As I noted last week, having worked for Big Al on his election campaigns and several others provided me with insight that has informed this column since inception.
My baptism into the wacko world of Nevada follytix started in 1970 with Gunderson.
My boss, former Las Vegas Review-Journal editor and future North Las Vegas Valley Times publisher Bob Brown, came rushing into my office at the Vegas ad agency where I labored as boy wonder copywriter.
“Andy, Al Gunderson is due to tape a campaign commercial at Channel 3 and I can’t make it. You handle it.”
“I don’t know anything about his campaign,” I protested.
“Don’t worry about it. Just go hold his hand.”
In the sun-bleached foyer of what was then KORK TV, I met a rather square lawyer who didn’t seem quite comfortable in a suit, his beautiful wife and his campaign manager.
The floor was covered with photos they were reviewing for inclusion in a new spot. Gunderson started asking my opinion.
Me? What the hell did I know?
I made a few stumbling suggestions before we were called into the production studio. First order of business was previewing background music to go with a script voiced by muscle-throated Buzz Jones.
The preferred passage started with three gavel raps followed by something lugubriously somber. Perfect for a judgey spot. Gunderson and his campaign guy, Mike Nicosia, liked the track.
Always willing to stick my neck out, I noted that the opus seemed to fit, but something bothered me.
Just as we were finishing the commercial, the awful truth hit me like a cold shower on a hot day.
“My God,” I blurted, “that’s the theme to the movie ‘Hang ‘em High!’ ”
That was only the beginning. Shortly thereafter, I had to make a run to the Las Vegas Sun and told that story to advertising director Bert Buy (his real name, perfect for an ad salesman).
The next day, I opened the paper only to suffer cold shower number two.
The lead item in heavyweight writer Paul Price’s front page column was about Gunderson’s curious taste in music.
It went something like this: “Our spies report that supreme court candidate Al Gunderson was looking for some profound music for a TV commercial. He finally settled on the perfect background, complete with a banging judge’s gavel. It was too perfect. Turned out Gunderson chose the theme from the Clint Eastwood film ‘Hang ‘em High.’ Oops.”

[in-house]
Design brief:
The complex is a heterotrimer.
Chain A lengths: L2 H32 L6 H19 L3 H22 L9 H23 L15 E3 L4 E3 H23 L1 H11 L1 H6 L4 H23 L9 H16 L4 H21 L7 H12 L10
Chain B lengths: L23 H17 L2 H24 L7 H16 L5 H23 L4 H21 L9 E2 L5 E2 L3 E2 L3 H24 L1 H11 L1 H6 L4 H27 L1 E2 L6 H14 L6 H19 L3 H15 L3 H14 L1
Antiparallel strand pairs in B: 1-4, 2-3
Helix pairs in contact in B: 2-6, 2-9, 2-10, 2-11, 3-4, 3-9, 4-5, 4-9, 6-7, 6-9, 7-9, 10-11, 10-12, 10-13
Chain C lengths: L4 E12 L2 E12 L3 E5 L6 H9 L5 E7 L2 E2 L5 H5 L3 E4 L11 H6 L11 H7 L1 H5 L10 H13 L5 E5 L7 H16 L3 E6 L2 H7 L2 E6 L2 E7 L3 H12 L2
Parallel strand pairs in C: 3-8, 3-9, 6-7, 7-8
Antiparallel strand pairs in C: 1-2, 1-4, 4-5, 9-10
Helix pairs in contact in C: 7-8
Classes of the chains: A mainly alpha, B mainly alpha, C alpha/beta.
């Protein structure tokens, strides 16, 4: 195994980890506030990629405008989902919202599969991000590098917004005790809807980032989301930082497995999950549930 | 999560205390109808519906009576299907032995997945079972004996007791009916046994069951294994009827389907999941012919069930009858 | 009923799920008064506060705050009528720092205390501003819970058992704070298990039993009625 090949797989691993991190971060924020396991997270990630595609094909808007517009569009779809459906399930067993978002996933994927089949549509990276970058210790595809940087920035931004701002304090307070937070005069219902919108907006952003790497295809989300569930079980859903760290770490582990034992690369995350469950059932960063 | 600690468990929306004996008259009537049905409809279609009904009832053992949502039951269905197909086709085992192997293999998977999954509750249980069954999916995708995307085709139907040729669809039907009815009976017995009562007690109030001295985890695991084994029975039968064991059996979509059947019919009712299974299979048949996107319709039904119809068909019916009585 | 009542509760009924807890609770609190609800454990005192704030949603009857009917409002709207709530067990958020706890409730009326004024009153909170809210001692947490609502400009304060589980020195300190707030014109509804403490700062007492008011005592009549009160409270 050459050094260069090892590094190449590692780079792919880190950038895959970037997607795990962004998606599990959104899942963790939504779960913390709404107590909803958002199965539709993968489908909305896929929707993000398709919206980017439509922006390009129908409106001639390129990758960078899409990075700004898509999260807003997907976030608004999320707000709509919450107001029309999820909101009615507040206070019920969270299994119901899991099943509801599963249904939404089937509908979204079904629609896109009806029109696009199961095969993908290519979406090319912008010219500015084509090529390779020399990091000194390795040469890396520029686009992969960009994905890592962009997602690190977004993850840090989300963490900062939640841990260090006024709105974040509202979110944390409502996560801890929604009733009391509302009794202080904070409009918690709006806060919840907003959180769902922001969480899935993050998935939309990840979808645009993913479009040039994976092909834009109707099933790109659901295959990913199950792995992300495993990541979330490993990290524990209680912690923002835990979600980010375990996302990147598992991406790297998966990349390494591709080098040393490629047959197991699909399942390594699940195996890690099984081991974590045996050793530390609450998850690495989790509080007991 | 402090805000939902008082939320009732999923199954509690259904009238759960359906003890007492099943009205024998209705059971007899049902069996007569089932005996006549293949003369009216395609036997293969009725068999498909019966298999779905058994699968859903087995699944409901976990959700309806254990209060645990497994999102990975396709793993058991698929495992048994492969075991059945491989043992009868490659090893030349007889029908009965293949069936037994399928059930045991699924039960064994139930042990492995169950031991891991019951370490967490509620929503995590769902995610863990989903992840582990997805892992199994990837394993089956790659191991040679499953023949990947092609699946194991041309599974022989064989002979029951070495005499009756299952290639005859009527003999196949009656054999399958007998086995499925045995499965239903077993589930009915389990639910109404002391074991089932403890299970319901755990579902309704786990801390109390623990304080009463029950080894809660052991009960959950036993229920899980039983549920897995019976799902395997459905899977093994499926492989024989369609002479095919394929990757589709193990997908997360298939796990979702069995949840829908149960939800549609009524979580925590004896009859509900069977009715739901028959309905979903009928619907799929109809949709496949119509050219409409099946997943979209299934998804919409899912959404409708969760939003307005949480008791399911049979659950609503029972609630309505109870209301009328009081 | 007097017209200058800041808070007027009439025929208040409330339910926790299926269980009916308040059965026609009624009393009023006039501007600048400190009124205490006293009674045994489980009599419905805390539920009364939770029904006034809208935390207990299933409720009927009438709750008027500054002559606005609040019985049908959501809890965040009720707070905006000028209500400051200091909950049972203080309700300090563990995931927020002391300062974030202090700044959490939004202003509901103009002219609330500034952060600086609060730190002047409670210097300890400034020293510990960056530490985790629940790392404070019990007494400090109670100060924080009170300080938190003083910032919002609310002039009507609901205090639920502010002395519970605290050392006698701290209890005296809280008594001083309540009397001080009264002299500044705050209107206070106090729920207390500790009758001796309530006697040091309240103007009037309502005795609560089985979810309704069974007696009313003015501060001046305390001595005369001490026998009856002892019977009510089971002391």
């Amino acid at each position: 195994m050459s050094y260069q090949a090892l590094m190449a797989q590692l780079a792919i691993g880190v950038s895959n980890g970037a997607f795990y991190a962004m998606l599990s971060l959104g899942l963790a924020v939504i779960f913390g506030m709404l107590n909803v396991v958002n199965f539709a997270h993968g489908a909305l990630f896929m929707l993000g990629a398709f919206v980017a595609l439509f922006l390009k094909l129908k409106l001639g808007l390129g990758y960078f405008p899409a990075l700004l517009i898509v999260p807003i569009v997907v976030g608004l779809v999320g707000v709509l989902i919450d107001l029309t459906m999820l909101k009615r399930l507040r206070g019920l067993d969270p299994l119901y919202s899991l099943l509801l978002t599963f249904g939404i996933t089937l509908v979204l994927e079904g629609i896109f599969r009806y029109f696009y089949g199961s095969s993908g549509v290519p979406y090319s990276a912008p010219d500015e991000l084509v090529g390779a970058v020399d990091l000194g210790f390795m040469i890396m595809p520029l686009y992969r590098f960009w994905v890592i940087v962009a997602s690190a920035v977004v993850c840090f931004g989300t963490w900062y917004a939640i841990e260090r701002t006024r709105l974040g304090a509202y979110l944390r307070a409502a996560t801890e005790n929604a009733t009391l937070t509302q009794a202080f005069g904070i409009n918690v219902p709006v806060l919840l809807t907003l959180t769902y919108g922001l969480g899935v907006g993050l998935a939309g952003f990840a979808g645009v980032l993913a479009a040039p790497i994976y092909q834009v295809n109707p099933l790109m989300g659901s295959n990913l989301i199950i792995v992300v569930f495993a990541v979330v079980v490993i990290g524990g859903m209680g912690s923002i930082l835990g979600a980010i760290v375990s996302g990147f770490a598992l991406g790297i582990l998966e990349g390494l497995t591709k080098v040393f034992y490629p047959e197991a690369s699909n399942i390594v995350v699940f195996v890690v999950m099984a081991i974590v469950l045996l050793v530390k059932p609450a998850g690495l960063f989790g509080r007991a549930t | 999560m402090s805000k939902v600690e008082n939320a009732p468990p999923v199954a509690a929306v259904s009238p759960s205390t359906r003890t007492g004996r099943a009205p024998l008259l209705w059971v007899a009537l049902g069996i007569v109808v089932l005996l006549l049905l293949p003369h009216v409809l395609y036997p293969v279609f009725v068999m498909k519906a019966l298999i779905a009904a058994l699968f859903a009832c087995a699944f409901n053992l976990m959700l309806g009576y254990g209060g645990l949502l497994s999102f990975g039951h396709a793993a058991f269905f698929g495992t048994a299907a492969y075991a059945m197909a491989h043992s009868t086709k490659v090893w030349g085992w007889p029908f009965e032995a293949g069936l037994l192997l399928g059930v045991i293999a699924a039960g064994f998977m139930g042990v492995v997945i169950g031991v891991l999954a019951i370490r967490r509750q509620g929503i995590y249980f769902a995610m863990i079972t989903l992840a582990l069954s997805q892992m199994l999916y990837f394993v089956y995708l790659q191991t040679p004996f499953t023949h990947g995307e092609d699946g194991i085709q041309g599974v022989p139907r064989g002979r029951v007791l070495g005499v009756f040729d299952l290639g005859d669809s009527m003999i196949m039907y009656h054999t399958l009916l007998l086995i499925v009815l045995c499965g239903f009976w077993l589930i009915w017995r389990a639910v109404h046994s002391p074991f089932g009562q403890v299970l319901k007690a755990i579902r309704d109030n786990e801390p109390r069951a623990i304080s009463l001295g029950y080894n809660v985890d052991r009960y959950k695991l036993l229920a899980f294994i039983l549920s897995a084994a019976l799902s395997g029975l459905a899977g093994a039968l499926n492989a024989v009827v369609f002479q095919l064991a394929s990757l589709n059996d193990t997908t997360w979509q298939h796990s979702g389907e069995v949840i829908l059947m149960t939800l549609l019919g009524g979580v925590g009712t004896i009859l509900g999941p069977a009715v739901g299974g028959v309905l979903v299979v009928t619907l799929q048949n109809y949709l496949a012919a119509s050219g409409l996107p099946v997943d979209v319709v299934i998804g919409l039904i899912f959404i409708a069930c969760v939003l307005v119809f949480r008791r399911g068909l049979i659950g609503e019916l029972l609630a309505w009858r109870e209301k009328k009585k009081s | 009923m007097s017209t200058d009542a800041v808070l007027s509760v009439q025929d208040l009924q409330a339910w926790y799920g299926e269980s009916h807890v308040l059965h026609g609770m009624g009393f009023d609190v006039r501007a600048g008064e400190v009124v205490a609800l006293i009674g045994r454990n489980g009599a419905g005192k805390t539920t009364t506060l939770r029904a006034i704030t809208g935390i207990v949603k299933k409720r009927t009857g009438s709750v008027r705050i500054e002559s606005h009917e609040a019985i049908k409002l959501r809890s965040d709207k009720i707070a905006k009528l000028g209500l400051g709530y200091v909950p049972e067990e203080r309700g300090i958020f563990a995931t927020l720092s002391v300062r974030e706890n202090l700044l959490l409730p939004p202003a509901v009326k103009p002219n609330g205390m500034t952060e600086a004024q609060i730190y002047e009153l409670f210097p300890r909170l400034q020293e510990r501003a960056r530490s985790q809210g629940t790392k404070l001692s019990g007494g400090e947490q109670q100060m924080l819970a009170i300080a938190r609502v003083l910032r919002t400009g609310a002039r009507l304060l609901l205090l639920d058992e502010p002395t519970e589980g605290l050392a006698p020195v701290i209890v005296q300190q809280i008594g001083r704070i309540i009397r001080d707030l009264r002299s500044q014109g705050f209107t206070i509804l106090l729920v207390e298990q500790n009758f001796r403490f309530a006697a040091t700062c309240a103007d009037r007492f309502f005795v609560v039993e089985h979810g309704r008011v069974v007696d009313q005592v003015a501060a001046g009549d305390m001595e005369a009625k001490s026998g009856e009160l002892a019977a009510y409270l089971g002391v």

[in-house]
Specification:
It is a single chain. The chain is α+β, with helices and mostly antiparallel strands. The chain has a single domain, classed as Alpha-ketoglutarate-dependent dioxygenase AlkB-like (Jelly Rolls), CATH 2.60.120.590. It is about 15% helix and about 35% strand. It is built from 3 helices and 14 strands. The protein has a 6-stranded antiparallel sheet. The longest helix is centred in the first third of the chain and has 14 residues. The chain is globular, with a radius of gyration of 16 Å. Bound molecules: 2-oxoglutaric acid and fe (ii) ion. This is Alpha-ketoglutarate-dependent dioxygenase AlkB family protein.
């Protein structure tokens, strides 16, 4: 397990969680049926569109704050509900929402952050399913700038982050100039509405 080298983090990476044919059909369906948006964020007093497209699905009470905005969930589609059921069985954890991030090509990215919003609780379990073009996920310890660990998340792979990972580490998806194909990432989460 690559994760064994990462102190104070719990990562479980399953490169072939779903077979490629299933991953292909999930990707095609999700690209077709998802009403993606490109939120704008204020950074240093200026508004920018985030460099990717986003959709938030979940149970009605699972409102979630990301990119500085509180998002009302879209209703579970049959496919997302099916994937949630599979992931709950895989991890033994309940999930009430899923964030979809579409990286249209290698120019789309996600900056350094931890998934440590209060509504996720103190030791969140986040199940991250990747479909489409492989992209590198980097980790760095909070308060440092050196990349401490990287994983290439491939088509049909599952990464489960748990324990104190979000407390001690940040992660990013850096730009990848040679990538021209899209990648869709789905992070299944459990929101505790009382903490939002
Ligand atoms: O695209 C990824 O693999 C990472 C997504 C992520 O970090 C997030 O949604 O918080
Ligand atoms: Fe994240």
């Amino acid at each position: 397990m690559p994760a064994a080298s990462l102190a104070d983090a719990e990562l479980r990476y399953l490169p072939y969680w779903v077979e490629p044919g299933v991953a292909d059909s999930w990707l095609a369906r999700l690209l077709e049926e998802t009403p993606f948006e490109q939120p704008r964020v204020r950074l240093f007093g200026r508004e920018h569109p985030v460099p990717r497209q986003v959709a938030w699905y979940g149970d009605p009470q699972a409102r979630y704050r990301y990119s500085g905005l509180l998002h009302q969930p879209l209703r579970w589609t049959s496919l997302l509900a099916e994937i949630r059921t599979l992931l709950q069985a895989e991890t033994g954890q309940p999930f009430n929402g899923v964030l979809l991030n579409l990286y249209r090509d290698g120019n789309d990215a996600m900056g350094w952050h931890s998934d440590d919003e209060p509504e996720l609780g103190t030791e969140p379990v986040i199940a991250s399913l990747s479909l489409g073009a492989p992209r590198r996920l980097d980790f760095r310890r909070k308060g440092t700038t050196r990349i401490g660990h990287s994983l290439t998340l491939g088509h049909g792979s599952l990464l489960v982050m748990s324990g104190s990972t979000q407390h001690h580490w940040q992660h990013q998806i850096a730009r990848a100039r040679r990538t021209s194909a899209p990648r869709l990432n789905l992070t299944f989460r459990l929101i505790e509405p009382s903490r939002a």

I started to feel very, very sick. I just knew that my fledgling career in the media business was about to come to an abrupt and untimely end, hung by my own big mouth. I hustled to the office and confessed.
“It’s okay, just learn from it and watch what you say,” the wise Mr. Brown stated in allowing a reprieve from the professional gallows.
I had to make a run to the Sun later that day and got in Mr. Buy’s face. How could he do such a thing?
Ole Bert looked at me like I was crazy.
“First of all, you never told me to keep it quiet. Second, it’s a great story. Third, do you know what the lead item in Paul Price’s column is worth? You couldn’t buy it for 600 bucks cash and I got it for your guy free.”
Thus ended my baptism into the real world of Nevada politics. Hang ‘em High became a standing joke between the judge and me for the rest of his life.
Movie Trivia, Part Deux.
The Industrial Workers of the World are showing two free films at 6 p.m. Tuesday at Mountain Mike’s Pizza, 1601 Vassar St. across from KRNV TV-4 in Reno.
“DIRT! The Movie” is not about Nevada politics but environmental stuff. The second feature is “Viva La Causa,” the story of César Chávez and the great California grape boycott of the 1960s. Call 323-6060 for directions or to pre-order a pizza for your group.
All in Favor of Letting Bushyland Secede?
Hot on the heels of revelations of the racist leanings of Tea Party Senate nominee Rand Paul, R-Kentucky, this arrived from Texas NAACP President Gary Bledsoe: “Texas sets national standards for school textbooks. The state board of education is casting its vote on updated social studies and history textbooks, changing the record on slavery, celebrating the Confederacy, shedding a positive light on Jim Crow laws, downplaying the contributions of nonwhites and ignoring atrocities committed by groups like the Ku Klux Klan. Our children won’t learn that Texas seceded from the union to fight for the Confederacy in the Civil War. Rewriting history in the name of national pride isn’t patriotic. It’s ignorant.”
By the time this column prints, it may be all over, but sign the Not in My State Pledge anyway at http://action.naacp.org/NotInMyState.
If you think we live in the post civil rights era, wait ‘til I share some of my recent hate mail with you in a future column.
Be well. Raise hell.
Andrew Barbano is a 41-year Nevadan, second vice-president of the Reno-Sparks NAACP and editor of NevadaLabor.com. E-mail email@example.com. Barbwire by Barbano has originated in the Tribune since 1988.